Indian aluminum producers like Vedanta Ltd and Hindalco Industries are expanding sales to Japan as U.S. sanctions against Russia’s aluminum giant Rusal and tariffs on its aluminum imports reshuffle traditional supply routes.
The India-made aluminum products are usually not regarded as having guaranteed high quality by demanding Japanese buyers, who have always preferred top-class producers like Rio Tinto, Alcoa as well as United Company Rusal.
However, imports of aluminum ingot from India doubled in the first eight months of 2018 compared with the same period last year, according to Japanese trade data, while imports of aluminum alloy of high value surged 11-fold off a tiny base.
“Because of the sanctions, consumers would like to ensure some security of supply, so they’d like to prefer multiple suppliers instead of one supplier,” said Samir Cairae, Vedanta’s chief executive in charge of diversified metals business in India.
India’s win of more sales is a strike against Rusal, the world’s second largest aluminum maker, which accounted for about 20 percent of Japan’s aluminum imports in terms of both ingot and alloy in 2017, but which has seen falling share due to U.S. sanctions.
Customers globally have had to scramble to find alternative sources of metal even after the United States eased sanctions restrictions for some customers, and they were likely to permanently diversify supply chains, Reuters said, citing a source at a Japanese trading house.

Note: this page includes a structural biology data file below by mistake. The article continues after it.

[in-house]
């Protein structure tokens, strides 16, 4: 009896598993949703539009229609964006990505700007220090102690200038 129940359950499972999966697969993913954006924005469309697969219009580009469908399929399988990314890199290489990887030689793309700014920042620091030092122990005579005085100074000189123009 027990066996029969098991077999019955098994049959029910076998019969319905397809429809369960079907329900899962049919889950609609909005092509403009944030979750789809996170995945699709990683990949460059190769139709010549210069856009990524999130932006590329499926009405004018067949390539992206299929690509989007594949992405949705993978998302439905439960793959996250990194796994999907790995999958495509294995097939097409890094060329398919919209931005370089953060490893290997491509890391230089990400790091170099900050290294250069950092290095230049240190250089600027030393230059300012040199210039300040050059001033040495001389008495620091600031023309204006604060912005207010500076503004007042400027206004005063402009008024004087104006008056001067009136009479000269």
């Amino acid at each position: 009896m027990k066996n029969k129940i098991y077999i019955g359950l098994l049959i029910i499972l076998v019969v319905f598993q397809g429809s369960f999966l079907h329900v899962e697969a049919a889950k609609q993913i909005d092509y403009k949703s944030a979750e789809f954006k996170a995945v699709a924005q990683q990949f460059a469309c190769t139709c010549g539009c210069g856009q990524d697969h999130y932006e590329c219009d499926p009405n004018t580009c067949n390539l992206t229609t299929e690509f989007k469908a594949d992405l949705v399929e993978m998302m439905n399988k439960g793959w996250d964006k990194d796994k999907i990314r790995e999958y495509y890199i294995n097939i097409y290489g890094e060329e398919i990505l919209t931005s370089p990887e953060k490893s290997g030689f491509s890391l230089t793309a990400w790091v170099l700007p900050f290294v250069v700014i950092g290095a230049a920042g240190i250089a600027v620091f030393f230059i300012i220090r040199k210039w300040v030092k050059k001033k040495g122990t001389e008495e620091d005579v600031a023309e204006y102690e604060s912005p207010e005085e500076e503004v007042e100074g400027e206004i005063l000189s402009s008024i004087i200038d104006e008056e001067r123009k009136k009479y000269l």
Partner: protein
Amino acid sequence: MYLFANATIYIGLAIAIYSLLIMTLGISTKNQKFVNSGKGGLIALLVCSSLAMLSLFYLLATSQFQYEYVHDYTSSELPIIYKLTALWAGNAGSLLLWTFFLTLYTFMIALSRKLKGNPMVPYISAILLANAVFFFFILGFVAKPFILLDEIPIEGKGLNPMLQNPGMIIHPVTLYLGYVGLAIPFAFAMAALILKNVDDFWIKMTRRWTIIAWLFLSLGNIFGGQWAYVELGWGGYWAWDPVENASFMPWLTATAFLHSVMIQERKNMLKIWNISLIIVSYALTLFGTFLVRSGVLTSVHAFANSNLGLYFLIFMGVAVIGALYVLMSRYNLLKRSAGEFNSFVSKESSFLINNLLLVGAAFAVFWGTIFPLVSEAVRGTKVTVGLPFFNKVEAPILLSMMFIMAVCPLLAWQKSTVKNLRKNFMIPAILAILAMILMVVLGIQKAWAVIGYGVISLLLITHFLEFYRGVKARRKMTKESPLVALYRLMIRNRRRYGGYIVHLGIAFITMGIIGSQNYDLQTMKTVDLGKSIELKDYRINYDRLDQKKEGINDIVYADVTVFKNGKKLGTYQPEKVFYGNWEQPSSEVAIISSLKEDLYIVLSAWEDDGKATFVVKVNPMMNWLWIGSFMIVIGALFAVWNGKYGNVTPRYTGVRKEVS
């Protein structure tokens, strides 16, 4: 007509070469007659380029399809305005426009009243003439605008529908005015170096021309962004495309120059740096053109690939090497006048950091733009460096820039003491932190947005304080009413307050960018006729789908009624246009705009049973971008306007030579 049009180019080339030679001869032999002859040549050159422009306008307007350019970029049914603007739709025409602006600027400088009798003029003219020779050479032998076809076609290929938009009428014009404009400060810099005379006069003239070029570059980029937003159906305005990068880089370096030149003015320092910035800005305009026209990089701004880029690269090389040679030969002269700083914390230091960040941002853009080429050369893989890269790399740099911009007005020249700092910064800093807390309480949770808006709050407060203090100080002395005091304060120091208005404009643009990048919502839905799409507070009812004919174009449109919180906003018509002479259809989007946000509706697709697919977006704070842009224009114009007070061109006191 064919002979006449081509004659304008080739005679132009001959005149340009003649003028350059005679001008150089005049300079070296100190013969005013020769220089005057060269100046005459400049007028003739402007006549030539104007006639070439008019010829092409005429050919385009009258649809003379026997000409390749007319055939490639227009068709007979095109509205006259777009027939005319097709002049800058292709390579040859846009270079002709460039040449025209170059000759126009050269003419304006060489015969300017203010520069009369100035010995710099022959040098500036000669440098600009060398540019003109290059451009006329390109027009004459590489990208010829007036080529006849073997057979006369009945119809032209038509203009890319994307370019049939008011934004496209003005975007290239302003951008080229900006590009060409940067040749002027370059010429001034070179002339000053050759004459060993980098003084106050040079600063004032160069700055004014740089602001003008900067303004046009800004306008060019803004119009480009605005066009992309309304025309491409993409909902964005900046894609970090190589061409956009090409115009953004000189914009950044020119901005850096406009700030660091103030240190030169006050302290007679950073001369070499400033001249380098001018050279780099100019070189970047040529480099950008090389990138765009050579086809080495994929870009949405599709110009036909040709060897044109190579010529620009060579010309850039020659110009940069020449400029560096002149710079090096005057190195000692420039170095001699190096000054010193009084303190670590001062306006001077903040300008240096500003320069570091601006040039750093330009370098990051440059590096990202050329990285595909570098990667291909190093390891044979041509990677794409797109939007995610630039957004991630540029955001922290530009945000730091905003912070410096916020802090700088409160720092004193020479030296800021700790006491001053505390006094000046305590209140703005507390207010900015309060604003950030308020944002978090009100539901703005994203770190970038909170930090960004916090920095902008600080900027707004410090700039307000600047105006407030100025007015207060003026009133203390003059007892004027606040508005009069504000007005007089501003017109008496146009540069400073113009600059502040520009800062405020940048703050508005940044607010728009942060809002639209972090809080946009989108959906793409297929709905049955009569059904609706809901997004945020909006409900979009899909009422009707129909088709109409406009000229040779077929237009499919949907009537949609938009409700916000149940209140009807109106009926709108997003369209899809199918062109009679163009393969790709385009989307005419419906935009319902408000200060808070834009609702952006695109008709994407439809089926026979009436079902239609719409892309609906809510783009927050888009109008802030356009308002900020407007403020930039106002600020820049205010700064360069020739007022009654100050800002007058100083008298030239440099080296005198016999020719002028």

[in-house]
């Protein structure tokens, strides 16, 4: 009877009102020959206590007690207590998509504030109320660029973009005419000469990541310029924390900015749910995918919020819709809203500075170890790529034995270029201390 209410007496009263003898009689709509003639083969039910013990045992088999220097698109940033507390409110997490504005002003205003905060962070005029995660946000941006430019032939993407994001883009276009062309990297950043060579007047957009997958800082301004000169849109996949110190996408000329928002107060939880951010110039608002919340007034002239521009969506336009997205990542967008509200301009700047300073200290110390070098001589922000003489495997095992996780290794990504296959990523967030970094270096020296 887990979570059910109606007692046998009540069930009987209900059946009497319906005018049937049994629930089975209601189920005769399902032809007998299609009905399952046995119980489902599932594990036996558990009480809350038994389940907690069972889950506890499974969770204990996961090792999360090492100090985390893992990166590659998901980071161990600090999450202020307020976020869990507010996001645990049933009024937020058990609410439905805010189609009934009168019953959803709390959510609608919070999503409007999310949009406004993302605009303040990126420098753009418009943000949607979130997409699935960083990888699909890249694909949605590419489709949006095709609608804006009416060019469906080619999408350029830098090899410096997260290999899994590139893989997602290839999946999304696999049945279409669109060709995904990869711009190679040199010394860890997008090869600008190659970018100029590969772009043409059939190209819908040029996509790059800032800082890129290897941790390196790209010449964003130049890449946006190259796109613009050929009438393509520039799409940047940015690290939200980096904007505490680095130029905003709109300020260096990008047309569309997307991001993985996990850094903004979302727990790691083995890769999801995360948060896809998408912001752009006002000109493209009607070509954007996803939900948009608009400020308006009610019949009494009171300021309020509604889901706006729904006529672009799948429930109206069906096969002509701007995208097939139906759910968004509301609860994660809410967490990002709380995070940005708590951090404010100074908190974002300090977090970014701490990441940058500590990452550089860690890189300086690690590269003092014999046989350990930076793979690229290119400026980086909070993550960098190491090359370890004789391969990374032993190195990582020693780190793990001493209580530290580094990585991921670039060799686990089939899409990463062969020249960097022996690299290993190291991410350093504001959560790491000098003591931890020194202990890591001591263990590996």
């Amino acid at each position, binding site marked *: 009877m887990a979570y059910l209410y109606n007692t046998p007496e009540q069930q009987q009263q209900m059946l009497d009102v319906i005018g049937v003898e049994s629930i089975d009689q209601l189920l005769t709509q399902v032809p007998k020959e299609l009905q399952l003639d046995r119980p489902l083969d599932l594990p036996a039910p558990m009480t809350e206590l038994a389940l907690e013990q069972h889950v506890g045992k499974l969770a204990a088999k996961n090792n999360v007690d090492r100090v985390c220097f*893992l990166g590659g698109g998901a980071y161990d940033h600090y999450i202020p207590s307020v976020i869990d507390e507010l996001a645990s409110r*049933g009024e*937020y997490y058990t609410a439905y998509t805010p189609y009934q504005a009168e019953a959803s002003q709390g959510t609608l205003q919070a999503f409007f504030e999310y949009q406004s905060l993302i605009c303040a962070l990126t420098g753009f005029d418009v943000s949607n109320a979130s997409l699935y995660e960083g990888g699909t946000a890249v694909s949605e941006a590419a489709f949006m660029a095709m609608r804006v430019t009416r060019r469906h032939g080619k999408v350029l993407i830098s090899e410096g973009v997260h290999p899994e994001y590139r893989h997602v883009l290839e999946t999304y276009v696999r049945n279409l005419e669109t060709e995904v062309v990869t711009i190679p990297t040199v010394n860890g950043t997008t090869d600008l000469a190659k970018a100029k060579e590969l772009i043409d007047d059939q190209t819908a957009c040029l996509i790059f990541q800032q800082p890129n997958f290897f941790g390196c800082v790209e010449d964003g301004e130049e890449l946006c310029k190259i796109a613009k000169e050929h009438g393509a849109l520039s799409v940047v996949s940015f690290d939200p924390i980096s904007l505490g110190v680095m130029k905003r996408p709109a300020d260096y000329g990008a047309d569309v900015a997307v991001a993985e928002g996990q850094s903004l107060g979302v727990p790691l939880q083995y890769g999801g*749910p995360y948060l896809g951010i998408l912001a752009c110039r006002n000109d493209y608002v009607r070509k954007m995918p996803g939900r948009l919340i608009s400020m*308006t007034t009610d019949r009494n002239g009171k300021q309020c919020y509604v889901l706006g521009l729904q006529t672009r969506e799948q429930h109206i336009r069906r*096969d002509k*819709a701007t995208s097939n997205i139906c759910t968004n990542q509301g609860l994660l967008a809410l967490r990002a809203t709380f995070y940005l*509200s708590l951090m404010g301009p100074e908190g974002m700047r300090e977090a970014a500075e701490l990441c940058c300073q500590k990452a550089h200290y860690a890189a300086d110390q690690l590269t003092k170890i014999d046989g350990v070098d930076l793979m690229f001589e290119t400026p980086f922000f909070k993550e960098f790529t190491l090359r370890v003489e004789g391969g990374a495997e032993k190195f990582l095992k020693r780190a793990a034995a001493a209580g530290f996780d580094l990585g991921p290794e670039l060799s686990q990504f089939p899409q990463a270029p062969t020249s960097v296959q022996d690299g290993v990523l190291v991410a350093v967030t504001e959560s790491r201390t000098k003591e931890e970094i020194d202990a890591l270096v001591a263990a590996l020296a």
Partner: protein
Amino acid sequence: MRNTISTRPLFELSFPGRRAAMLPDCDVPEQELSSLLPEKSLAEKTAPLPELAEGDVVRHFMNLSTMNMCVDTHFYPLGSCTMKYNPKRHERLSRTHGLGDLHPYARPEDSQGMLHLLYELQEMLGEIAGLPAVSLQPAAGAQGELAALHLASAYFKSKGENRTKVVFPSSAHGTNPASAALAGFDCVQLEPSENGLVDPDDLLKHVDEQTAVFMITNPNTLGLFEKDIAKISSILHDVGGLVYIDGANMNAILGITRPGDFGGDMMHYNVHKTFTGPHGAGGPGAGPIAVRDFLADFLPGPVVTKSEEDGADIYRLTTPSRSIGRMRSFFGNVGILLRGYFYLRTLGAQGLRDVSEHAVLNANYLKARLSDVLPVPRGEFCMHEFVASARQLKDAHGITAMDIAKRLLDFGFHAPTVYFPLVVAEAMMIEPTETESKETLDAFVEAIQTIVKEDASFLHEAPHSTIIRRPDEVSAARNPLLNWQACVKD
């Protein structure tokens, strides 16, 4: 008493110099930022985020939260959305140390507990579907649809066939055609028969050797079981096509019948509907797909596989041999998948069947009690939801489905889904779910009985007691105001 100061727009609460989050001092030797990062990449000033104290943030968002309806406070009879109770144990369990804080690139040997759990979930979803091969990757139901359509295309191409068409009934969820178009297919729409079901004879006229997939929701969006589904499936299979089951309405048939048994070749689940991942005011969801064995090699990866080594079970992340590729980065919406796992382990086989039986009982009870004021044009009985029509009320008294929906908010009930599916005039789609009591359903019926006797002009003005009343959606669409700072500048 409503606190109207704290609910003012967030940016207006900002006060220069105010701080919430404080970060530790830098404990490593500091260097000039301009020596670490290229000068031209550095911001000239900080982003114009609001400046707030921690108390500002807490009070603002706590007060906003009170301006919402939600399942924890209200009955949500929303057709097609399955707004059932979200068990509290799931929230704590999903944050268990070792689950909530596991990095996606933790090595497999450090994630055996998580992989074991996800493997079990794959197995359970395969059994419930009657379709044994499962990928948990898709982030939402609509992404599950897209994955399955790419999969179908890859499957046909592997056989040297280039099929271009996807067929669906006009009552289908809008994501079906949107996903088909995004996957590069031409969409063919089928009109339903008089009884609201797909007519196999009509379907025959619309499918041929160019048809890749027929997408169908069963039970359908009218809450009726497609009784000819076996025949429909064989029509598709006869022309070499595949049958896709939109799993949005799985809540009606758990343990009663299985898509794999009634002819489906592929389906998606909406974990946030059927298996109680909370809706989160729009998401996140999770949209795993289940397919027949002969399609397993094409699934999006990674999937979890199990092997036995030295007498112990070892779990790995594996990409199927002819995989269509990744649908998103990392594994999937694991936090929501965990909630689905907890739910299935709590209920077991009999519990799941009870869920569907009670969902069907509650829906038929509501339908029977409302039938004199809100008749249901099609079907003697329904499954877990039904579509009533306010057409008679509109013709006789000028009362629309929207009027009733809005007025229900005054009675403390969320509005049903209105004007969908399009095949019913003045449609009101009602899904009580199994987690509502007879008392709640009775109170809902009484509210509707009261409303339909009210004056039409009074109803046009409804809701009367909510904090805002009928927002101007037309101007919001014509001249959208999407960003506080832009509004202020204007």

Japanese trading houses such as Mitsubishi Corp have been making aggressive purchase of supplies from India as well as other countries to help customers diversify supply and avert risks, traders said.
Japan bought 59,545 tonnes of aluminum ingot from India in the eight months to March, double the volume a year earlier, while imports from Russia dropped 21 percent to 175,694 tonnes, according to Japanese trade data.
Its aluminum alloy imports from India soared to 3,008 tonnes over the same period, while Russian imports sloped down 10 percent to 185,685 tonnes.
The U.S. move of imposing 10 percent import tariffs on aluminum starting in March and sanctions against Rusal in April has largely shook up the market, driving aluminum prices up to seven-year highs and pushing up costs to obtain physical metal in the U.S. domestic market.
As India’s largest aluminum producer, Vedanta, who sees a big opportunity in Asian market including Japan, is spending more efforts in boosting exports of its value-added products such as billets, which can be used in the transport, construction and packaging industries, among others.